“I’m going to read the words of one Reverend Luther Lee, preached on September 15, 1853 in South Butler, New York. He preached this at the ordination of Miss Antoinette Brown, the first woman ever ordained in modern times.
“I do not believe that any special or specific form of ordination is necessary to constitute a gospel minister. We are not here to make a minister. It is not to confer on this our sister a right to preach the gospel. If she has not that right already, we have no power to communicate it to her. Nor have we met to qualify her for the work of the ministry. …
“All we are here to do, and all we expect to do, is in due form, and by a solemn and impressive service, to subscribe our testimony to the fact, that, in our belief, our sister in Christ, Antoinette Brown, is one of the ministers of the new covenant, authorized, qualified, and called of God, to preach the gospel of his Son Jesus Christ. This is all; but even this renders the occasion interesting and solemn. As she is recognized as a pastor of this flock it is solemn and interesting to both pastor and flock to have the relation formally recognized.”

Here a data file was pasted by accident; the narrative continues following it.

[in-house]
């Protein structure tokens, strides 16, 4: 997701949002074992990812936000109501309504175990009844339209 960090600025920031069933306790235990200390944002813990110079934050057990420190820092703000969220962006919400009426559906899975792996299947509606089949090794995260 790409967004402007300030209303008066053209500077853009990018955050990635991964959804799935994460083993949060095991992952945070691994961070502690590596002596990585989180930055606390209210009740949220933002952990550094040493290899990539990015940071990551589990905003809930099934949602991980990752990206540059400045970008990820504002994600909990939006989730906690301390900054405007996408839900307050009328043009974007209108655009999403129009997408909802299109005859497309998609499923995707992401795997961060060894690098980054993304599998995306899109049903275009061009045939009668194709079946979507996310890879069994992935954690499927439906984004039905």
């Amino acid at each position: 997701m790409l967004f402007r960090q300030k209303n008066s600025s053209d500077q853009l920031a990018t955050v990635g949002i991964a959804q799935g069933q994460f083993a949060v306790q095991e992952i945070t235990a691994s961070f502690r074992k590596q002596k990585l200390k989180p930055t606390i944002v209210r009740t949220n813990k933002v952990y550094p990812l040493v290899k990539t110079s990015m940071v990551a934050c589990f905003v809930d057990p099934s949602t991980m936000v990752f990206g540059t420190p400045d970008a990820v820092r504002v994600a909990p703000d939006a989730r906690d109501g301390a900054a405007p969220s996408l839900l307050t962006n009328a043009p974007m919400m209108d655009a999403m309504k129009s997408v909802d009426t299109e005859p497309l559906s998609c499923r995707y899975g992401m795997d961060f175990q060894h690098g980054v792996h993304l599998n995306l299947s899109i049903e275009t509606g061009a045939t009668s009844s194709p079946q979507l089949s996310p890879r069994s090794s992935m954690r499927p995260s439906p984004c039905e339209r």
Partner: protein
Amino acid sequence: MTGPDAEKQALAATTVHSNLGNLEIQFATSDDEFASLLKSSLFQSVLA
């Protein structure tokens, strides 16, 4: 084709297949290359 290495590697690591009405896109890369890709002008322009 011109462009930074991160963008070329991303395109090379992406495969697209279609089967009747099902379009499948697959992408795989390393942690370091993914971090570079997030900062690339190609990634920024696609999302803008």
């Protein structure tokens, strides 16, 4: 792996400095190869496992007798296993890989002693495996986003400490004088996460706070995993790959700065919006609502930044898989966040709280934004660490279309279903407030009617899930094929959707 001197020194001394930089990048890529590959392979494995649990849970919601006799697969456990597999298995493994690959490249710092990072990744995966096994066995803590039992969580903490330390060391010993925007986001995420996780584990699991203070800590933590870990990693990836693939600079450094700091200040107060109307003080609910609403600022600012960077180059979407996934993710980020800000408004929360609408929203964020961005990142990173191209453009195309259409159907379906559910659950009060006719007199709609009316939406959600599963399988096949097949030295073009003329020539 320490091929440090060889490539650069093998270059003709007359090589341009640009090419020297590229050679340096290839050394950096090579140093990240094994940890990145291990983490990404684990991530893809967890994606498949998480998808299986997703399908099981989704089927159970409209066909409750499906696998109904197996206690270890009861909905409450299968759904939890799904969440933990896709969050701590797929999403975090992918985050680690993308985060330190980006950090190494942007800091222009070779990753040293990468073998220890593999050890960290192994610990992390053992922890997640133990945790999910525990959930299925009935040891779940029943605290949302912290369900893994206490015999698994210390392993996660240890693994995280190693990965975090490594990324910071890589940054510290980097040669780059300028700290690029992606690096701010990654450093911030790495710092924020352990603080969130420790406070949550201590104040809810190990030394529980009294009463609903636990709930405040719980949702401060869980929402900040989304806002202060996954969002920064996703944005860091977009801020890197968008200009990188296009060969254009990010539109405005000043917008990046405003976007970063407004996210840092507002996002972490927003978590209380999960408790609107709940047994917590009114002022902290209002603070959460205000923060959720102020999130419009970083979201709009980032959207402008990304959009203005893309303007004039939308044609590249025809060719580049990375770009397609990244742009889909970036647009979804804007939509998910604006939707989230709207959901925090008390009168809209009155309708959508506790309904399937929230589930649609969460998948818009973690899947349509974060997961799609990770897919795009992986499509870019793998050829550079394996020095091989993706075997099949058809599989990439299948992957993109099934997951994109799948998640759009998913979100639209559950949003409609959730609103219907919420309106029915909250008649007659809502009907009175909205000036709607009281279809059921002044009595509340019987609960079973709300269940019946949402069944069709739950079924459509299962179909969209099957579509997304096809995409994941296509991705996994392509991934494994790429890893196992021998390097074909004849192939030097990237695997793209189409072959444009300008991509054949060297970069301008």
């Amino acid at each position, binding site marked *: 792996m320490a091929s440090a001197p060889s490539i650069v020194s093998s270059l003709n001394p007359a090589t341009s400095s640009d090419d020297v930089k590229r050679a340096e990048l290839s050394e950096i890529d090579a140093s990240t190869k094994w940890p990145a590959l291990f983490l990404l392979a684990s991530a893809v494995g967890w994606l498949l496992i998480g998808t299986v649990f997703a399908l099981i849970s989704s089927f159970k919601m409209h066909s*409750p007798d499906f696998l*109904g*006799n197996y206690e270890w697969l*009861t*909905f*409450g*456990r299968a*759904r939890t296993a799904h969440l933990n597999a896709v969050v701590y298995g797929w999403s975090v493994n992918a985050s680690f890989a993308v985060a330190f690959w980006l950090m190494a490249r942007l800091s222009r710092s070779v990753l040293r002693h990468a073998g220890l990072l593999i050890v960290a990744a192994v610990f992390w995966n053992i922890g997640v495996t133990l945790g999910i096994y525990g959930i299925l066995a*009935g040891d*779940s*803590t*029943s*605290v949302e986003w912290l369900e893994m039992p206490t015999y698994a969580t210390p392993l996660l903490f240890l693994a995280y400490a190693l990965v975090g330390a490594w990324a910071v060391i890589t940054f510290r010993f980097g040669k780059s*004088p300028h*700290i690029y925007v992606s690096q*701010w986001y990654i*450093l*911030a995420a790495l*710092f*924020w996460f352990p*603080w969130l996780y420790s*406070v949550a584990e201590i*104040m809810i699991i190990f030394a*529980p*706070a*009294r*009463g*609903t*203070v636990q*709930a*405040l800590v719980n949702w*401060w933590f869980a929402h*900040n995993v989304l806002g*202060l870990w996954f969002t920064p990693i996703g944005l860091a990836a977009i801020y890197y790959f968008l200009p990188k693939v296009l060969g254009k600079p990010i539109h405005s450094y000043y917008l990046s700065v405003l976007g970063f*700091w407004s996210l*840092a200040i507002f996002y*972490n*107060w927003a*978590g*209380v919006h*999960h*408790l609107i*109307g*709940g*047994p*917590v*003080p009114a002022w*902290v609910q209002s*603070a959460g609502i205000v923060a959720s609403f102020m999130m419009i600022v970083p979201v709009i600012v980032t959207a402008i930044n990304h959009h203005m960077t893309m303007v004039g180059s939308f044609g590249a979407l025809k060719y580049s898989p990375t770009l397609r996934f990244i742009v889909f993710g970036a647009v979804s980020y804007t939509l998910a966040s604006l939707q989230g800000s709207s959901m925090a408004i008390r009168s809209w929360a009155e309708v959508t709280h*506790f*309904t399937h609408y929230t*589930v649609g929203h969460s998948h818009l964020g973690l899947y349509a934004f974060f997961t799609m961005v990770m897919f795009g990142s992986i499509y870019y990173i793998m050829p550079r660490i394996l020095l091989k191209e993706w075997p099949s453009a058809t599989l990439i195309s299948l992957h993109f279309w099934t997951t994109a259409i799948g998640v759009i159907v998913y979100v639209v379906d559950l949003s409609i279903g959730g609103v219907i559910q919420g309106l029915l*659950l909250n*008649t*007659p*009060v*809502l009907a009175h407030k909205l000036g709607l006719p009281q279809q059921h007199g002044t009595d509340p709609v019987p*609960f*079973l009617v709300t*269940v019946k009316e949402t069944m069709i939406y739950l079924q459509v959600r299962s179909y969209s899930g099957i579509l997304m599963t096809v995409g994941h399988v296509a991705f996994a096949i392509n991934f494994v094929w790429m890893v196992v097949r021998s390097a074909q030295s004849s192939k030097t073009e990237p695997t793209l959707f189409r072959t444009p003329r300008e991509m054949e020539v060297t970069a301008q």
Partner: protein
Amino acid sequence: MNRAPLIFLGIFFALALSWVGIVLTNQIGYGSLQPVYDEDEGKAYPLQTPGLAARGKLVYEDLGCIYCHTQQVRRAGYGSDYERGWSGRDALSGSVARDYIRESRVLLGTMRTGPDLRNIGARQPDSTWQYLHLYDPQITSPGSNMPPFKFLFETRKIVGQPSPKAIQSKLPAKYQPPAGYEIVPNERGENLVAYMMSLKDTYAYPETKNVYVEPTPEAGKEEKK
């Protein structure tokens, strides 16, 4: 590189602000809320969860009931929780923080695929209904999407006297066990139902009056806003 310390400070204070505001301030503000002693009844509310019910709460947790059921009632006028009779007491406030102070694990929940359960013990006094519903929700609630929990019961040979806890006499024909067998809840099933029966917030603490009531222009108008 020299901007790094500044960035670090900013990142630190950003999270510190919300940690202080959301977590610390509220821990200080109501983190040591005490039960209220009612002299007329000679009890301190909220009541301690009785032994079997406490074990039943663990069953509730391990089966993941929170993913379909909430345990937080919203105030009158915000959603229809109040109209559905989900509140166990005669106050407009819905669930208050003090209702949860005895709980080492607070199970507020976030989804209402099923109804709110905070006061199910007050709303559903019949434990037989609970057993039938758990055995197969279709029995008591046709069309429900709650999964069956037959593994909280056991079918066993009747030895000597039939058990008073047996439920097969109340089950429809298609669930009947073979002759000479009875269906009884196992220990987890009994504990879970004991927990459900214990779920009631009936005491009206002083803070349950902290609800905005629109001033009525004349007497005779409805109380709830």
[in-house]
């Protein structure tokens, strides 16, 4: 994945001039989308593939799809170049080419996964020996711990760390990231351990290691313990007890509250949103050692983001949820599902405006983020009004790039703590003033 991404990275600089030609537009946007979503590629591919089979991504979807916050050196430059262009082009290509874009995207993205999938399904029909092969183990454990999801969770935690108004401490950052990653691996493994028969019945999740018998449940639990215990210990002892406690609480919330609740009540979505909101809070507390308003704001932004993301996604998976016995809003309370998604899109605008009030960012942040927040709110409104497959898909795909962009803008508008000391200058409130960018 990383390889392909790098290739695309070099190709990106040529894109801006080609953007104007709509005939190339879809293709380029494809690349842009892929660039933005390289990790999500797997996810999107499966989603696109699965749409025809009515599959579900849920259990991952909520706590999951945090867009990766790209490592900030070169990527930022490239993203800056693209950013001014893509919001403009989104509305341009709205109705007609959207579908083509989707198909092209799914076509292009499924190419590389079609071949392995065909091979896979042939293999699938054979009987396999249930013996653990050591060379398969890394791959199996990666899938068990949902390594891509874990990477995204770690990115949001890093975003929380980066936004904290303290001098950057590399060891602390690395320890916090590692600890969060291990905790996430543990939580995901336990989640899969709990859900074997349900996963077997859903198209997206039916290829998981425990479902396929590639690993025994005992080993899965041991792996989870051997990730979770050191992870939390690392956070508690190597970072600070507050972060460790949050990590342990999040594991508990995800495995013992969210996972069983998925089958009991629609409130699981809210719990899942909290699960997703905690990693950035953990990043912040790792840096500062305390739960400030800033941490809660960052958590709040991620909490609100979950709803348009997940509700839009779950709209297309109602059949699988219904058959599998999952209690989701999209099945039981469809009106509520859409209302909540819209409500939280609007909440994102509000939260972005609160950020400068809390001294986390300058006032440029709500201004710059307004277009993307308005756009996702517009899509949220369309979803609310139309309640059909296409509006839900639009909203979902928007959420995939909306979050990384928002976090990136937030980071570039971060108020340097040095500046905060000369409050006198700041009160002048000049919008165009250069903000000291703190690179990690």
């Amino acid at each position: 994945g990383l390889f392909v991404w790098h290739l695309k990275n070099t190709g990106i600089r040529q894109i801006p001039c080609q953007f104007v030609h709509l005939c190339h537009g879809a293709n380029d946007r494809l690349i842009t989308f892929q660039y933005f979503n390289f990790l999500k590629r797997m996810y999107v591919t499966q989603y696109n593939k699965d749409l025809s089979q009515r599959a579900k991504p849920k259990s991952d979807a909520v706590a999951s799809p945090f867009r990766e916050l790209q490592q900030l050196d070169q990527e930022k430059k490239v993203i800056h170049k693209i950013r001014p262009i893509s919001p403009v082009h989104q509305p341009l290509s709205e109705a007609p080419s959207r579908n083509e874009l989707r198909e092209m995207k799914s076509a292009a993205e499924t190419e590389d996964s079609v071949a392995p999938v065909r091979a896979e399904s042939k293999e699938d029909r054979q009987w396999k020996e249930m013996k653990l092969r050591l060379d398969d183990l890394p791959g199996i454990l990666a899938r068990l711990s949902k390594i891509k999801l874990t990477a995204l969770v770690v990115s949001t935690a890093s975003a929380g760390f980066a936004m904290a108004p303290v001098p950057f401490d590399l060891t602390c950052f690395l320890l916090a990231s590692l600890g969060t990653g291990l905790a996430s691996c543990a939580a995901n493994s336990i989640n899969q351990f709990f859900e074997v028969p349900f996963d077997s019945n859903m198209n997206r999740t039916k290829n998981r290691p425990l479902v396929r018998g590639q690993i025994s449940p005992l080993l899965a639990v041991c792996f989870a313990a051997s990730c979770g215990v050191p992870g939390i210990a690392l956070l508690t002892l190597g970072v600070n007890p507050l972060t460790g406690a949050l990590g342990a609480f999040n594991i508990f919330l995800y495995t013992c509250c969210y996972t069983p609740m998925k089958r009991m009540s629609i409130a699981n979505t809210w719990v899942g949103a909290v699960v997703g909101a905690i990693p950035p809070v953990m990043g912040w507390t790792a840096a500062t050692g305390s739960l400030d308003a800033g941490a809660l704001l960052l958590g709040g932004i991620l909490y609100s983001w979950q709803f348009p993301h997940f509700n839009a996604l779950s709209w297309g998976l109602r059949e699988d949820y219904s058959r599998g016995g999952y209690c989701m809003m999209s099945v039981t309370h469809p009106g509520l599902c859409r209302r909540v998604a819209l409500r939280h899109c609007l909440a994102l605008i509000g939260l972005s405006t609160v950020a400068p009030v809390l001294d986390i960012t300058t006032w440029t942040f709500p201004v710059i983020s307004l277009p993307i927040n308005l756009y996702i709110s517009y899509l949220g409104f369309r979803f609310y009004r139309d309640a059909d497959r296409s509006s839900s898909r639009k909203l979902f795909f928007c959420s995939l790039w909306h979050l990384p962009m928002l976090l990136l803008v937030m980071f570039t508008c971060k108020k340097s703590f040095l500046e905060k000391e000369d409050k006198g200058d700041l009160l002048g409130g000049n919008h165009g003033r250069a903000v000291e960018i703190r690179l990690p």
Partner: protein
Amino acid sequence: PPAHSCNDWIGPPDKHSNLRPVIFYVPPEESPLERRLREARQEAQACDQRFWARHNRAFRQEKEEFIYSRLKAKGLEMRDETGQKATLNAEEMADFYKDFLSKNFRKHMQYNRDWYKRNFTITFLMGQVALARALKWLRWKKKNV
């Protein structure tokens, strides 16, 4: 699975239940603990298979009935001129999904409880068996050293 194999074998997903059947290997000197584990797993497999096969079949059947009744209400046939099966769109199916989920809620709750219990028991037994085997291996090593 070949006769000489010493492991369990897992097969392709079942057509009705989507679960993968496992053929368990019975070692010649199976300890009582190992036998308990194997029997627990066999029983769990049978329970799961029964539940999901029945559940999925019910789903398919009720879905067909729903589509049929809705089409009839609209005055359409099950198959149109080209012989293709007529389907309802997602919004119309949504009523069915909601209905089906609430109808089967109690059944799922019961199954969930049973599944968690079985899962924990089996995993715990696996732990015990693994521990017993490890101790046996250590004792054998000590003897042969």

Tony turned to the ordination vows for deacons in the Church of England. He explained that he would read each and Meg was to respond, “By the help of God, I will.” Then at the end, he would ask the group to affirm a few statements as well.
She felt the weight of this settle on her shoulders, responding quietly to each. Then he read, “Will you accept the discipline of this Church and give due respect to those in authority?
She paused. All her previous experiences with authority figures in churches rushed to her mind. The church is fallible because it’s made up of fallible people, including herself. “I’m not sure about that one.”
He smiled, said “Me either,” and moved on to the next one.
At the conclusion of the vows, Tony asked everyone to reach out to Meg as they prayed over her. Then, he handed her the bread, Carla opened the wine, and he asked “Would you share a passage of Scripture with us tonight, before you serve communion?”